These gender troubles exist inherently in the English language and in the formation of the subject (man, being the given and assumed subject, woman being the other). Our compliance with and repetition of language in this way makes us feel like gender is pre-discursive and a natural part of life, as opposed to a cultural construction that comes to exist through repetition.
For a long time after reading Butler’s Gender Troubles, I had a problem with her use of the word performative. I wanted more, I wanted a better definition of the word performance and what it is that is being performed. Eventually I came across Lacan, who wrote that there are two kinds of language: performative and descriptive.
Descriptive language is when we say something like, “That dress is red.” And performative language is language that brings something new into being, like wedding vows, or ceremonial language that is used to actually transform a situation (i.e. before you say ‘I do’ you are not married, and then after you say it, you are).
Lacan goes on to say that all language is performative, especially descriptive language. To say that the dress is red is to make the dress red — to culturally define what red is and is not, what ‘red’ is and what ‘red’ cannot be. To describe a person as a man or a woman is to make that person a man or a woman, and to define what a man or a woman can and cannot be. Then, to do it over and over again is to solidify the idea in culture, which we are constantly conflating with nature.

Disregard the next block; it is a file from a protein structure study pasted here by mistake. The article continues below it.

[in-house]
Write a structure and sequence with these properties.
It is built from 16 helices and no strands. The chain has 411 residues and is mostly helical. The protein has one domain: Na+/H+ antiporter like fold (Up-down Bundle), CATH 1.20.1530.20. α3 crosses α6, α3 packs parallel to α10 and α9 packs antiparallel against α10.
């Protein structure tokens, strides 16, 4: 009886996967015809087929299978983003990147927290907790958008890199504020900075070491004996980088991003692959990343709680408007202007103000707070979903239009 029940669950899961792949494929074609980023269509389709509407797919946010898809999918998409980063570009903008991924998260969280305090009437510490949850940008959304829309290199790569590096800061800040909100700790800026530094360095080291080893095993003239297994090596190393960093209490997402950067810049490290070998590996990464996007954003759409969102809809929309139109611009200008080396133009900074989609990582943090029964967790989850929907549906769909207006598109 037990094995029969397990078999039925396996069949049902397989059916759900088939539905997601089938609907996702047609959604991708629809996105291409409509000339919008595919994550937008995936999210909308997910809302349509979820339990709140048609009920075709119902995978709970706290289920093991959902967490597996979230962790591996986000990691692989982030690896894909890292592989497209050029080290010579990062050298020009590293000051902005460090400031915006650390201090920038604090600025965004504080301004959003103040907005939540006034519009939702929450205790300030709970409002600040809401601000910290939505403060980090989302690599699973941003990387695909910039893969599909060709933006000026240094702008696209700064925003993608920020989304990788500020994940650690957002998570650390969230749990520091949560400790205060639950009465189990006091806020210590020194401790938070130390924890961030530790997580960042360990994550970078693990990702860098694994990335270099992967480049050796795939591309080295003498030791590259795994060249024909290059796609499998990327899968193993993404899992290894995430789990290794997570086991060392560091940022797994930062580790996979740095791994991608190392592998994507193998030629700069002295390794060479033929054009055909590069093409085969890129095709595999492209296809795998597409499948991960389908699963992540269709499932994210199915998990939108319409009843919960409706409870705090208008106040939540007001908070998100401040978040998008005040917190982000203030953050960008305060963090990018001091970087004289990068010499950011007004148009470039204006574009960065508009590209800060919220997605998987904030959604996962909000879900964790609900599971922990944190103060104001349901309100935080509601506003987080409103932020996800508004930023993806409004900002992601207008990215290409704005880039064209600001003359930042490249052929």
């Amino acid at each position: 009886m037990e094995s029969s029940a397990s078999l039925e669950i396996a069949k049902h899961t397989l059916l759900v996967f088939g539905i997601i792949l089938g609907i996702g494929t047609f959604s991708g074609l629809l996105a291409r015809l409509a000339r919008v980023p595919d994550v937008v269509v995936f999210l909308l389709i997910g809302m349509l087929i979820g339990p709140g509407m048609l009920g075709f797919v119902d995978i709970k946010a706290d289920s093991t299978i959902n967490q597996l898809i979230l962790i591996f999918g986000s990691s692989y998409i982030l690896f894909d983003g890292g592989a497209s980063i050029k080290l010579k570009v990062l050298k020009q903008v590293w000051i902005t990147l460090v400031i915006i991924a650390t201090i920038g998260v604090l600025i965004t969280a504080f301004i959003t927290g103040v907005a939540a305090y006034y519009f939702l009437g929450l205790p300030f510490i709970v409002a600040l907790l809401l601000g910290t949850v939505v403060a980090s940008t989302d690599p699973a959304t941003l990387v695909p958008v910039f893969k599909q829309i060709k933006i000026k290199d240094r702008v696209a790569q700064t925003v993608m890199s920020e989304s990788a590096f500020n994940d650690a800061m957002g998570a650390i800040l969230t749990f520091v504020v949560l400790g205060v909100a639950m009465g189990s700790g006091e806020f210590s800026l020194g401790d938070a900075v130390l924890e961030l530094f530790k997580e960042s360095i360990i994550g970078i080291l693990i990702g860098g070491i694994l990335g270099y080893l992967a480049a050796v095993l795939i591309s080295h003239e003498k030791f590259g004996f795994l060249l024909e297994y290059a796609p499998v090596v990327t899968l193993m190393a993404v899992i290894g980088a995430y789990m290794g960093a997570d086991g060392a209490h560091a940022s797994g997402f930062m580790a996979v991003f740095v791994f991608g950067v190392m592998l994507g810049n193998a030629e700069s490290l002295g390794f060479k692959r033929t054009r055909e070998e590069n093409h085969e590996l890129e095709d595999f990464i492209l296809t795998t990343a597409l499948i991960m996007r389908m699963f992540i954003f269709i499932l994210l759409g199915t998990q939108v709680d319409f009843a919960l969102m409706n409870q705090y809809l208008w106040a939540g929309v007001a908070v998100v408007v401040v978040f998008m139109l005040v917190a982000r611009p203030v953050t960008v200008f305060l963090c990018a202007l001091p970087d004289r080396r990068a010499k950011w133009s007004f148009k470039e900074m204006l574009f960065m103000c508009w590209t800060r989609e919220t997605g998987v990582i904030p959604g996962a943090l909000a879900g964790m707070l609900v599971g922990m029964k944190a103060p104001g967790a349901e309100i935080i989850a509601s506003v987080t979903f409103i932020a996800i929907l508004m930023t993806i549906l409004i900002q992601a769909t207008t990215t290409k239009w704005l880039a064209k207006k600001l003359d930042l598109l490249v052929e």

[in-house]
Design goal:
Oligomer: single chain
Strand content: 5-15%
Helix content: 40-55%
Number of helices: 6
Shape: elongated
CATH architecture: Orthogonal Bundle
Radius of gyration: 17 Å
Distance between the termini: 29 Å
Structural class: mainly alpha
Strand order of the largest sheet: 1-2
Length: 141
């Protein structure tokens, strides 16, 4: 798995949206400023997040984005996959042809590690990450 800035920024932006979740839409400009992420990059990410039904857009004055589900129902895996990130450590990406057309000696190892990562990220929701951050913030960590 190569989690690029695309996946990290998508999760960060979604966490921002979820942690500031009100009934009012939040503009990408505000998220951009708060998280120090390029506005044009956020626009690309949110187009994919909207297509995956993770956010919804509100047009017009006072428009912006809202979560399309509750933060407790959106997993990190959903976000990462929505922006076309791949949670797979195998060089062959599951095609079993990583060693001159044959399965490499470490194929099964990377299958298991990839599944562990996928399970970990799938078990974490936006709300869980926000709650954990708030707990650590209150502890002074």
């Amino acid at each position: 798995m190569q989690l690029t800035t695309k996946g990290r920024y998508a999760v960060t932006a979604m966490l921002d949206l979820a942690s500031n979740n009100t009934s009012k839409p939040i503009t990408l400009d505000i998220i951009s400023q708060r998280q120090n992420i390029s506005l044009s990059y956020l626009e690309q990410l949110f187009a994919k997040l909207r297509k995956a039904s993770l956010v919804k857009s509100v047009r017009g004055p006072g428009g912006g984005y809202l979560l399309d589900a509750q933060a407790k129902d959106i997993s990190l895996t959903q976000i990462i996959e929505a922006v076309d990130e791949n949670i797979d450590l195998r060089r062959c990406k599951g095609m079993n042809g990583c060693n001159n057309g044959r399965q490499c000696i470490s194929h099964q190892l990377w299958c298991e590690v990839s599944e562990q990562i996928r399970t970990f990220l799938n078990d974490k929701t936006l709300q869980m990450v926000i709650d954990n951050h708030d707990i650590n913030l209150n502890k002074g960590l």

I don’t think gender is inherently bad — I think language is inherently oppressive.
Gender is and should be a playground, an active site for performing the self.
The artists in Glamour Girl seem to be actively playing into this idea of sexed performance. To be a woman is to actively participate in the idea of woman, but to strip your body naked, down to nothing but nude panty hoes and gala apples stuffed within them, inviting your chosen dom to feed you said apples in front of a room full of people, is something else entirely. (Panty hoes being an obvious — but not tired — symbol of the gender trap.)
So much feminist performance art crosses this threshold beyond the deeply political and into the deeply absurd.